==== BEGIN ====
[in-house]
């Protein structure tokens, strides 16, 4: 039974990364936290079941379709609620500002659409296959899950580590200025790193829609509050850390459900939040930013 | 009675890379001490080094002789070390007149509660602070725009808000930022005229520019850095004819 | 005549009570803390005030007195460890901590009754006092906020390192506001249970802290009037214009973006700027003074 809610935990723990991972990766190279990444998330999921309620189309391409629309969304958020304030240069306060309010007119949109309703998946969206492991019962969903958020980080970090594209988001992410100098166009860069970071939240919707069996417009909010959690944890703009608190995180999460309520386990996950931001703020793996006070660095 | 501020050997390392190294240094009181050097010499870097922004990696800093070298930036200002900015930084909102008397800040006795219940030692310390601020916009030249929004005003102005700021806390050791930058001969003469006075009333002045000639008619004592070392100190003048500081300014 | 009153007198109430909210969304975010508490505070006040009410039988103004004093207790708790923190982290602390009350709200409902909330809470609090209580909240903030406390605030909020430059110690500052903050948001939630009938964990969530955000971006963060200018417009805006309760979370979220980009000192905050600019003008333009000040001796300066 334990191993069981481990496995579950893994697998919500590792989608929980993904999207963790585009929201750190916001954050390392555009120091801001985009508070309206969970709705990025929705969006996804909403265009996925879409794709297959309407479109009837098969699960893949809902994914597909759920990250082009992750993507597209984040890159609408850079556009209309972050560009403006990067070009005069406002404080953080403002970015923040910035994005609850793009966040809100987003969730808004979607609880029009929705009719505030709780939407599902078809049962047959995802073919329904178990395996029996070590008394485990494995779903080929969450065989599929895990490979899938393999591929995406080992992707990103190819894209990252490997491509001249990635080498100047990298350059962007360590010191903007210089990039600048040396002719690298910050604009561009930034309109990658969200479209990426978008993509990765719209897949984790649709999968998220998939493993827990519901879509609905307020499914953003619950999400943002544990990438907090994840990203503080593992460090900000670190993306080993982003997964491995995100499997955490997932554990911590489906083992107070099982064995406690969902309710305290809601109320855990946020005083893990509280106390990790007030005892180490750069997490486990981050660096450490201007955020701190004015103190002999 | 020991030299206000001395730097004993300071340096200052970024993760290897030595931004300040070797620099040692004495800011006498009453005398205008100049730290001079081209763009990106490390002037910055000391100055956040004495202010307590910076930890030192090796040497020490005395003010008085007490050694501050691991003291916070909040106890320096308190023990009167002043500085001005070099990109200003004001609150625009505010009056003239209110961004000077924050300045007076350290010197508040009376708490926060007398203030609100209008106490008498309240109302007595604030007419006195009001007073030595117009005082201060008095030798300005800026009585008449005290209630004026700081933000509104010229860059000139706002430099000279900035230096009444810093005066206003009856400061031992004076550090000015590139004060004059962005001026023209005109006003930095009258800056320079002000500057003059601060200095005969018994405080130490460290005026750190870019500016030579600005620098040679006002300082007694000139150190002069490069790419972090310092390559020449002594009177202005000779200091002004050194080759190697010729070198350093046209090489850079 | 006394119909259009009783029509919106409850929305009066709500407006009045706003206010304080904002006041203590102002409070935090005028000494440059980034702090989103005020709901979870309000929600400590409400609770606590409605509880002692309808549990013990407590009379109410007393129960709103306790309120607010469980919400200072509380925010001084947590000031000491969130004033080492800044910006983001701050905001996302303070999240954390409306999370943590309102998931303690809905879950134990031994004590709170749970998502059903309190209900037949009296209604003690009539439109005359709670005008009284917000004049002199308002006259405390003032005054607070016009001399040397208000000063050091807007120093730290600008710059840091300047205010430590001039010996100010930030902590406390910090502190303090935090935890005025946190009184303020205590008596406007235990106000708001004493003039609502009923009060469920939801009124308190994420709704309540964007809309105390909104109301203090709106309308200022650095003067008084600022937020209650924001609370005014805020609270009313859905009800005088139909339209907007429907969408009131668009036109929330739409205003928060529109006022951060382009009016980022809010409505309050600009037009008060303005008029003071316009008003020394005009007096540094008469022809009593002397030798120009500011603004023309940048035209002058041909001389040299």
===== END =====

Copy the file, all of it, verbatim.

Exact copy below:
[in-house]
């Protein structure tokens, strides 16, 4: 039974990364936290079941379709609620500002659409296959899950580590200025790193829609509050850390459900939040930013 | 009675890379001490080094002789070390007149509660602070725009808000930022005229520019850095004819 | 005549009570803390005030007195460890901590009754006092906020390192506001249970802290009037214009973006700027003074 809610935990723990991972990766190279990444998330999921309620189309391409629309969304958020304030240069306060309010007119949109309703998946969206492991019962969903958020980080970090594209988001992410100098166009860069970071939240919707069996417009909010959690944890703009608190995180999460309520386990996950931001703020793996006070660095 | 501020050997390392190294240094009181050097010499870097922004990696800093070298930036200002900015930084909102008397800040006795219940030692310390601020916009030249929004005003102005700021806390050791930058001969003469006075009333002045000639008619004592070392100190003048500081300014 | 009153007198109430909210969304975010508490505070006040009410039988103004004093207790708790923190982290602390009350709200409902909330809470609090209580909240903030406390605030909020430059110690500052903050948001939630009938964990969530955000971006963060200018417009805006309760979370979220980009000192905050600019003008333009000040001796300066 334990191993069981481990496995579950893994697998919500590792989608929980993904999207963790585009929201750190916001954050390392555009120091801001985009508070309206969970709705990025929705969006996804909403265009996925879409794709297959309407479109009837098969699960893949809902994914597909759920990250082009992750993507597209984040890159609408850079556009209309972050560009403006990067070009005069406002404080953080403002970015923040910035994005609850793009966040809100987003969730808004979607609880029009929705009719505030709780939407599902078809049962047959995802073919329904178990395996029996070590008394485990494995779903080929969450065989599929895990490979899938393999591929995406080992992707990103190819894209990252490997491509001249990635080498100047990298350059962007360590010191903007210089990039600048040396002719690298910050604009561009930034309109990658969200479209990426978008993509990765719209897949984790649709999968998220998939493993827990519901879509609905307020499914953003619950999400943002544990990438907090994840990203503080593992460090900000670190993306080993982003997964491995995100499997955490997932554990911590489906083992107070099982064995406690969902309710305290809601109320855990946020005083893990509280106390990790007030005892180490750069997490486990981050660096450490201007955020701190004015103190002999 | 020991030299206000001395730097004993300071340096200052970024993760290897030595931004300040070797620099040692004495800011006498009453005398205008100049730290001079081209763009990106490390002037910055000391100055956040004495202010307590910076930890030192090796040497020490005395003010008085007490050694501050691991003291916070909040106890320096308190023990009167002043500085001005070099990109200003004001609150625009505010009056003239209110961004000077924050300045007076350290010197508040009376708490926060007398203030609100209008106490008498309240109302007595604030007419006195009001007073030595117009005082201060008095030798300005800026009585008449005290209630004026700081933000509104010229860059000139706002430099000279900035230096009444810093005066206003009856400061031992004076550090000015590139004060004059962005001026023209005109006003930095009258800056320079002000500057003059601060200095005969018994405080130490460290005026750190870019500016030579600005620098040679006002300082007694000139150190002069490069790419972090310092390559020449002594009177202005000779200091002004050194080759190697010729070198350093046209090489850079 | 006394119909259009009783029509919106409850929305009066709500407006009045706003206010304080904002006041203590102002409070935090005028000494440059980034702090989103005020709901979870309000929600400590409400609770606590409605509880002692309808549990013990407590009379109410007393129960709103306790309120607010469980919400200072509380925010001084947590000031000491969130004033080492800044910006983001701050905001996302303070999240954390409306999370943590309102998931303690809905879950134990031994004590709170749970998502059903309190209900037949009296209604003690009539439109005359709670005008009284917000004049002199308002006259405390003032005054607070016009001399040397208000000063050091807007120093730290600008710059840091300047205010430590001039010996100010930030902590406390910090502190303090935090935890005025946190009184303020205590008596406007235990106000708001004493003039609502009923009060469920939801009124308190994420709704309540964007809309105390909104109301203090709106309308200022650095003067008084600022937020209650924001609370005014805020609270009313859905009800005088139909339209907007429907969408009131668009036109929330739409205003928060529109006022951060382009009016980022809010409505309050600009037009008060303005008029003071316009008003020394005009007096540094008469022809009593002397030798120009500011603004023309940048035209002058041909001389040299």